discuss and present four parts of the work, including (1) by reviewing literature and analyzing more than twenty eight cases of information systems that persuade users to adopt energy-saving behavior, twelve useful persuasive strategies are selected and recommended. (2) Through a questionnaire survey and statistical analyses, the persuasiveness of twelve persuasive strategies applied in design for encouraging energy-saving behavior is explored for different user groups. (3) After screening a group of relevant game design elements, an affinity diagram method is applied to establish the relationship between persuasive strategies and game design elements. (4) Using the results derived from the affinity diagram and statistical analyses, design suggestions can be provided by considering users’ attributes. An illustrative example is presented to demonstrate the application potential of the research results.
2. Literature Review
This section of literature review includes four parts: (1) persuasive technology and persuasive strategy, (2) gamification and game design elements, (3) the relation between persuasive strategies and game design elements, and (4) the cases of information systems aiming at energy-saving behaviors.
2.1. Persuasive Technology and Persuasive Strategy
] pioneered the concept of persuasive technology that focuses on computer and information technology used to change people’s attitudes or behavior. Fogg mentioned that there are three fundamental ways of using computer functions to persuade people of desired behavior, including tool, medium, and social actors. Oinas-Kukkonen [2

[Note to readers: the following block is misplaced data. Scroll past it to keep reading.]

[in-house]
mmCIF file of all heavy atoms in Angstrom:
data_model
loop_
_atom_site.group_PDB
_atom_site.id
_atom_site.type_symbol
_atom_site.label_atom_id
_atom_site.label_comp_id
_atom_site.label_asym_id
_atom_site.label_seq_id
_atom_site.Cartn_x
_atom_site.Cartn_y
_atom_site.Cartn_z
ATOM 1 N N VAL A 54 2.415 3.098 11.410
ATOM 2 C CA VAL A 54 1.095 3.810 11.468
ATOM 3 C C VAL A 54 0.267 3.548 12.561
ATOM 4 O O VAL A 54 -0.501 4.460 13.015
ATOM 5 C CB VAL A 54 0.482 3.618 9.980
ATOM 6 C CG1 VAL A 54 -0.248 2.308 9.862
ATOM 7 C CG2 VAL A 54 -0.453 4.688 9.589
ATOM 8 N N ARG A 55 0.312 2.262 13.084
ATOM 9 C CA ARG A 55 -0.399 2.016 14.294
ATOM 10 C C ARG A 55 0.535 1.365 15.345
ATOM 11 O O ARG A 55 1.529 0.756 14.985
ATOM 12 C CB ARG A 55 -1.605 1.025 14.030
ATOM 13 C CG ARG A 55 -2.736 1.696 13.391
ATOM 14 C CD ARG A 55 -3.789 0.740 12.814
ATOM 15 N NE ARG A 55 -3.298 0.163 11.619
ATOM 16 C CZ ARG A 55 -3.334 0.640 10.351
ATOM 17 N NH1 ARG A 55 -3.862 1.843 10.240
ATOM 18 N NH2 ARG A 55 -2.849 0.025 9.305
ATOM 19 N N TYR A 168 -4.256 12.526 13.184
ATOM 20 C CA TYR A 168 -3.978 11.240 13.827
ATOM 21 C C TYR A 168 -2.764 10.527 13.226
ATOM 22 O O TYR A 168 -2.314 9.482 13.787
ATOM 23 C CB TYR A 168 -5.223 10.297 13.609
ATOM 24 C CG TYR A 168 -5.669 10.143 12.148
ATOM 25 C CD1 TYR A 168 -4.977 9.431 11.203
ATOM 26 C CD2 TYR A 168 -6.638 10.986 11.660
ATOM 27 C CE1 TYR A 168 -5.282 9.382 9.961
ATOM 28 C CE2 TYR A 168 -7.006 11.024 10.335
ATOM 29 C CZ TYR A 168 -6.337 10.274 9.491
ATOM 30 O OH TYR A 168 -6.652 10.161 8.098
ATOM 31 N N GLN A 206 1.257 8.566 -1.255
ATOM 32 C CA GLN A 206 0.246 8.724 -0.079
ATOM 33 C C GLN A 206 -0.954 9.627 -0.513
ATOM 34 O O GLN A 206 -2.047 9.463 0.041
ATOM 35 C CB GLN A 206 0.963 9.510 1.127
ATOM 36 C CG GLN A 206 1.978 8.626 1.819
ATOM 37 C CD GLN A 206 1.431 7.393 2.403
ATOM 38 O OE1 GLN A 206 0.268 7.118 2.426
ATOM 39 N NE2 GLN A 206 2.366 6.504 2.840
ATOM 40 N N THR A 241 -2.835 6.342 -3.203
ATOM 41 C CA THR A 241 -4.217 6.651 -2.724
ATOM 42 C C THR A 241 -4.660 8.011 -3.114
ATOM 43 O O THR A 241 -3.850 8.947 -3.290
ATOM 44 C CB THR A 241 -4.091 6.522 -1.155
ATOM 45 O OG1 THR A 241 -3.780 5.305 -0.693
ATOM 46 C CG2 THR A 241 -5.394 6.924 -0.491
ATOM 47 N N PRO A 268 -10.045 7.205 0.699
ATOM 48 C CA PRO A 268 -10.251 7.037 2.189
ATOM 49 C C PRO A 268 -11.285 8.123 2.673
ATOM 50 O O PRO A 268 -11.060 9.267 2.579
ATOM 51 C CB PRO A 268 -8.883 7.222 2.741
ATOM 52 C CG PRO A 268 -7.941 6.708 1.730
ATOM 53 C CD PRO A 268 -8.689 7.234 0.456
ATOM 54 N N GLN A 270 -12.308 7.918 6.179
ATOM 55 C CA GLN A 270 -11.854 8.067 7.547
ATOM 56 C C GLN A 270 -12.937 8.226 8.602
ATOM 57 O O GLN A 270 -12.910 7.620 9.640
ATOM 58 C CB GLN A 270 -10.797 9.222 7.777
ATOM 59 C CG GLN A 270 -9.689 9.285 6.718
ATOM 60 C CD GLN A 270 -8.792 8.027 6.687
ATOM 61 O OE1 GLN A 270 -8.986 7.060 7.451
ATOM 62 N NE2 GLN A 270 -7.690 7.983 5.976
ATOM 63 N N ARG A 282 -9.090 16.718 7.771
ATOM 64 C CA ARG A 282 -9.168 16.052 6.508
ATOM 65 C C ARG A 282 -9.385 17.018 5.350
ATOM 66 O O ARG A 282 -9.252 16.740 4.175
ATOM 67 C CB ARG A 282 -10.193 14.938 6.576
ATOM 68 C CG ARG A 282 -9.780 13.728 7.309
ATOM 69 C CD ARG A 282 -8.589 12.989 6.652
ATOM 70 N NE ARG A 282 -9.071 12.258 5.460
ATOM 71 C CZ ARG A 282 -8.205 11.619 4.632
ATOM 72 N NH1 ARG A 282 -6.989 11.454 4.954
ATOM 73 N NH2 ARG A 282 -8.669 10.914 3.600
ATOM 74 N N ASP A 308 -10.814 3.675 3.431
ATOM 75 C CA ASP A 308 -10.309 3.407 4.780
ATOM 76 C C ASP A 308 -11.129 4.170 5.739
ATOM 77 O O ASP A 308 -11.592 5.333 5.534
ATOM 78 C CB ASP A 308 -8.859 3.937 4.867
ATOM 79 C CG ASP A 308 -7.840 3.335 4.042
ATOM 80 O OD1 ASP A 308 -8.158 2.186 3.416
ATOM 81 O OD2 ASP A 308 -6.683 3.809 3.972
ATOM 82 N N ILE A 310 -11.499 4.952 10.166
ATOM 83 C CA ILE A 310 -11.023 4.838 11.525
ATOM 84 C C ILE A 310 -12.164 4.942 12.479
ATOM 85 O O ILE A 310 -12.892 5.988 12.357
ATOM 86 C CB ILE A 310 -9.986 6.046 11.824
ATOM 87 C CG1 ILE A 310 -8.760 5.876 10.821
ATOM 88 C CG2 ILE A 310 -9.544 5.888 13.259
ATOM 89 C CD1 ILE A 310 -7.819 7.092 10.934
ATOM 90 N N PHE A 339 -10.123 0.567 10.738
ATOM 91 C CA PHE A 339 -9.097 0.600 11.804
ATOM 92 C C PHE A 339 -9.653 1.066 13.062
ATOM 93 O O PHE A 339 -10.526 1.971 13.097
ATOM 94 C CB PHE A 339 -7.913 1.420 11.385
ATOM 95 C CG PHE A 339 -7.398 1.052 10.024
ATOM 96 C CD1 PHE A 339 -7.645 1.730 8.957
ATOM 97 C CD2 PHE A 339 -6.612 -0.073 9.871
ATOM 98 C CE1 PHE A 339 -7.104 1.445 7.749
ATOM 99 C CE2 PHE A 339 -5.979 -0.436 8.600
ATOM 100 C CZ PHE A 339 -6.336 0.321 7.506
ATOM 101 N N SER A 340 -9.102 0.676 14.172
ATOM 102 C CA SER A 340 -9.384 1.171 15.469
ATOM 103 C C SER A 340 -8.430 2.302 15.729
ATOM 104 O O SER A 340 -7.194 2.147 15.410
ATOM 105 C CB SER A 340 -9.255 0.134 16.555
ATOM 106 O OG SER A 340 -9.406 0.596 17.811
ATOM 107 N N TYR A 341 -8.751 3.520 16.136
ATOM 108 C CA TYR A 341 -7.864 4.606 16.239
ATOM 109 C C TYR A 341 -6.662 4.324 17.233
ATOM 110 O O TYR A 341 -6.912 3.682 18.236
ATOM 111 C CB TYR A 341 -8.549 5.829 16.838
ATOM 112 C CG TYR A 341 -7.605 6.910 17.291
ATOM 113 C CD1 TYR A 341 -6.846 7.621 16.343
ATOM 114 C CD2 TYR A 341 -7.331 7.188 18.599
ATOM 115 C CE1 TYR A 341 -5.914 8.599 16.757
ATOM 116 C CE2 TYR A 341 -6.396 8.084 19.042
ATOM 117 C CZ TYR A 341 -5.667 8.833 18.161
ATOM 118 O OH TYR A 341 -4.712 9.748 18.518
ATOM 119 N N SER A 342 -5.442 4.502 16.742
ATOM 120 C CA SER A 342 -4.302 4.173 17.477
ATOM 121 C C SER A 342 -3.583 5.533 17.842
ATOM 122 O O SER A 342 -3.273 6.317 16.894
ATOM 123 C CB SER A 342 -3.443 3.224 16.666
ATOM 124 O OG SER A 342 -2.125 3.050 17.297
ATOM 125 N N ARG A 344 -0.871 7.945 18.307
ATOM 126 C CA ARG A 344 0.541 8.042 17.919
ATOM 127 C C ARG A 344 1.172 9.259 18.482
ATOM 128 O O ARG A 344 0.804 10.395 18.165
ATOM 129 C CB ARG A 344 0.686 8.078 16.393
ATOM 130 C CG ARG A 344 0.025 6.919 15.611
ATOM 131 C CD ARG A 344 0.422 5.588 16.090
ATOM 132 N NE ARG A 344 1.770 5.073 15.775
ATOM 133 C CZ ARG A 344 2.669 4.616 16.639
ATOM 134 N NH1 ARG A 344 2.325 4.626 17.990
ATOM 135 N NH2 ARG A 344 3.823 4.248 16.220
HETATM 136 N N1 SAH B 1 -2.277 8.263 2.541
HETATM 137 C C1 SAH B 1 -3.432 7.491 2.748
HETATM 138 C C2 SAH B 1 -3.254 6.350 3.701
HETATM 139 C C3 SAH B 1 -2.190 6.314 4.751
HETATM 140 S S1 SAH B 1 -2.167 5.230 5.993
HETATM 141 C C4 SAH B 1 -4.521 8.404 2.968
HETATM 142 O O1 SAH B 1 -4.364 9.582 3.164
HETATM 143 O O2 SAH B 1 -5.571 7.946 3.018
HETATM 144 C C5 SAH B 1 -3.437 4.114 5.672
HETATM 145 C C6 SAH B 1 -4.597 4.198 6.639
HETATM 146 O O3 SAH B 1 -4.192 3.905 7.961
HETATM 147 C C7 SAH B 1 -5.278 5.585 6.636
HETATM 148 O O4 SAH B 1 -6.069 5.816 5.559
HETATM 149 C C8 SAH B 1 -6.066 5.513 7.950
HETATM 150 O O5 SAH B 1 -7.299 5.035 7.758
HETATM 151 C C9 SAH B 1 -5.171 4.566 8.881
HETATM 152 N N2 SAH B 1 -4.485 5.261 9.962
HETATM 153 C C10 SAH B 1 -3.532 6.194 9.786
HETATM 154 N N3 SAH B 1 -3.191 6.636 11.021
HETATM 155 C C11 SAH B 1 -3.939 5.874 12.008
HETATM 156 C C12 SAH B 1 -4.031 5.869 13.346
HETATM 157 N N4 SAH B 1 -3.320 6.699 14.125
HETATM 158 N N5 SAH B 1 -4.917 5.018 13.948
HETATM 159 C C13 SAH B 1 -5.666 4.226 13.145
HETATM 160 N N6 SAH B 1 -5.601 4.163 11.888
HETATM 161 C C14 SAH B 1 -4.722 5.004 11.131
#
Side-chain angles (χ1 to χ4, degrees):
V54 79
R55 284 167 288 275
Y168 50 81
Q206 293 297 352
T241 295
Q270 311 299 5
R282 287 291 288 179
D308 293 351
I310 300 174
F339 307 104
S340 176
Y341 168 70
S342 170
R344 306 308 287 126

] defined a type of emerging information systems as behavior change support system applying the concept of persuasive technology, whereas the information systems could be web portals, smart-phone applications, or traditional information systems. Hamari et al. [4
] reported that the concept of persuasive design and technology has received a growing interest in many domains, such as health, exercise, ecological consumption, education, and commercial marketing. Wiafe and Nakata [5
] mentioned that the majority of persuasive systems are provided for health promotion, while 25% of them were designed for environmental sustainability. Oinas-Kukkonen and Harjumaa [6